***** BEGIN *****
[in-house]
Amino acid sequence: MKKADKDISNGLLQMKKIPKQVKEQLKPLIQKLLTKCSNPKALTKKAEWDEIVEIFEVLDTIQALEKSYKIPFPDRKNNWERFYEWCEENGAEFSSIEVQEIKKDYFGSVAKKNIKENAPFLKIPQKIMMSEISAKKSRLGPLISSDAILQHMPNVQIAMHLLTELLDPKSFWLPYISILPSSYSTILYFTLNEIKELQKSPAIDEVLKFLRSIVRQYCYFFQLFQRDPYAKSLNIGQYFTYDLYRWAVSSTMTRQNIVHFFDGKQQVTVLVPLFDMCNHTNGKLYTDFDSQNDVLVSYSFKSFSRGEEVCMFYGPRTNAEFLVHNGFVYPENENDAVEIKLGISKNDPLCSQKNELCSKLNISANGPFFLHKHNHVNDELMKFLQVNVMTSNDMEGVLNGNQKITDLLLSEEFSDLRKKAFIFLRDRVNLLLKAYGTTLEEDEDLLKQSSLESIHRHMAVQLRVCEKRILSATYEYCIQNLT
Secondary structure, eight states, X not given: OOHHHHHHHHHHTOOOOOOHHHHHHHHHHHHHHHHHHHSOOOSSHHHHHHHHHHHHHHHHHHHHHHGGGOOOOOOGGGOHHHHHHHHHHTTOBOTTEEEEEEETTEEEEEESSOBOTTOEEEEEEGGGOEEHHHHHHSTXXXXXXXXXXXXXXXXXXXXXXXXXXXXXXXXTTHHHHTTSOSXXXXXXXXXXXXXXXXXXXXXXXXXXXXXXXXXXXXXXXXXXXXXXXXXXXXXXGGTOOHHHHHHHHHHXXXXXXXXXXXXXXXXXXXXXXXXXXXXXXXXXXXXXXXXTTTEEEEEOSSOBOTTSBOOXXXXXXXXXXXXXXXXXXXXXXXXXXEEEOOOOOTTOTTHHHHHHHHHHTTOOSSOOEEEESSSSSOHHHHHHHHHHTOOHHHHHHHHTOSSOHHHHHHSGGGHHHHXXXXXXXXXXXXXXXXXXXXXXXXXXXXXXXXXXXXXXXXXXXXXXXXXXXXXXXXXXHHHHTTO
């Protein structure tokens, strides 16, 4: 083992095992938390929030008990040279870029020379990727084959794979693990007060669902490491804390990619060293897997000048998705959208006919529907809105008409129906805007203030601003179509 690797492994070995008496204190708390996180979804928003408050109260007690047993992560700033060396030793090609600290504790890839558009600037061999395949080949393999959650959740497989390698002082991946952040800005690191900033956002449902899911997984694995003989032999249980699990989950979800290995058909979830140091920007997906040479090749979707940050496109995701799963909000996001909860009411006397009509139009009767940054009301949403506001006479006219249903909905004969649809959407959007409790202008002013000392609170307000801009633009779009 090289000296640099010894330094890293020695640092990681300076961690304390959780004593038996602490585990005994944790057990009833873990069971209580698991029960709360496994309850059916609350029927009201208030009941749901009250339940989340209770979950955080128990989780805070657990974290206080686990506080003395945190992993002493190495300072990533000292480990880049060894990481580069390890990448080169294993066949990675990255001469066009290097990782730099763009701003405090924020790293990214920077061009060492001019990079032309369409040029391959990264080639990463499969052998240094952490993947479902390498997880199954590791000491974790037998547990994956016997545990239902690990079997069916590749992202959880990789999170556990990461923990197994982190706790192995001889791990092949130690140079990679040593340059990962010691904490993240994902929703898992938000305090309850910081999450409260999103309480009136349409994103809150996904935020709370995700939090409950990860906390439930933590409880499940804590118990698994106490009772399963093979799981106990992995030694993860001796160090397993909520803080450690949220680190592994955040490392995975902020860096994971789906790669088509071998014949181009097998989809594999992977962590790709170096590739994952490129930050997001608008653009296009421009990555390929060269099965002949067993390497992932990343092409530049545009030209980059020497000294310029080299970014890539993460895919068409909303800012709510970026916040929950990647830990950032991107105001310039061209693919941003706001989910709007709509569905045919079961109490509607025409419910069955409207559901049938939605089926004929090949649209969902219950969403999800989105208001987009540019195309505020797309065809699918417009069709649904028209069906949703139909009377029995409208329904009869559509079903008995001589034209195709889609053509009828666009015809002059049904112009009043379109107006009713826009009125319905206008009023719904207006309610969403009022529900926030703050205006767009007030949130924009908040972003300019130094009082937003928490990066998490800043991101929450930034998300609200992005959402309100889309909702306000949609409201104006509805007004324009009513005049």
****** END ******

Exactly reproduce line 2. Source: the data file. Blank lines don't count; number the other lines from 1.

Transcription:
Amino acid sequence: MKKADKDISNGLLQMKKIPKQVKEQLKPLIQKLLTKCSNPKALTKKAEWDEIVEIFEVLDTIQALEKSYKIPFPDRKNNWERFYEWCEENGAEFSSIEVQEIKKDYFGSVAKKNIKENAPFLKIPQKIMMSEISAKKSRLGPLISSDAILQHMPNVQIAMHLLTELLDPKSFWLPYISILPSSYSTILYFTLNEIKELQKSPAIDEVLKFLRSIVRQYCYFFQLFQRDPYAKSLNIGQYFTYDLYRWAVSSTMTRQNIVHFFDGKQQVTVLVPLFDMCNHTNGKLYTDFDSQNDVLVSYSFKSFSRGEEVCMFYGPRTNAEFLVHNGFVYPENENDAVEIKLGISKNDPLCSQKNELCSKLNISANGPFFLHKHNHVNDELMKFLQVNVMTSNDMEGVLNGNQKITDLLLSEEFSDLRKKAFIFLRDRVNLLLKAYGTTLEEDEDLLKQSSLESIHRHMAVQLRVCEKRILSATYEYCIQNLT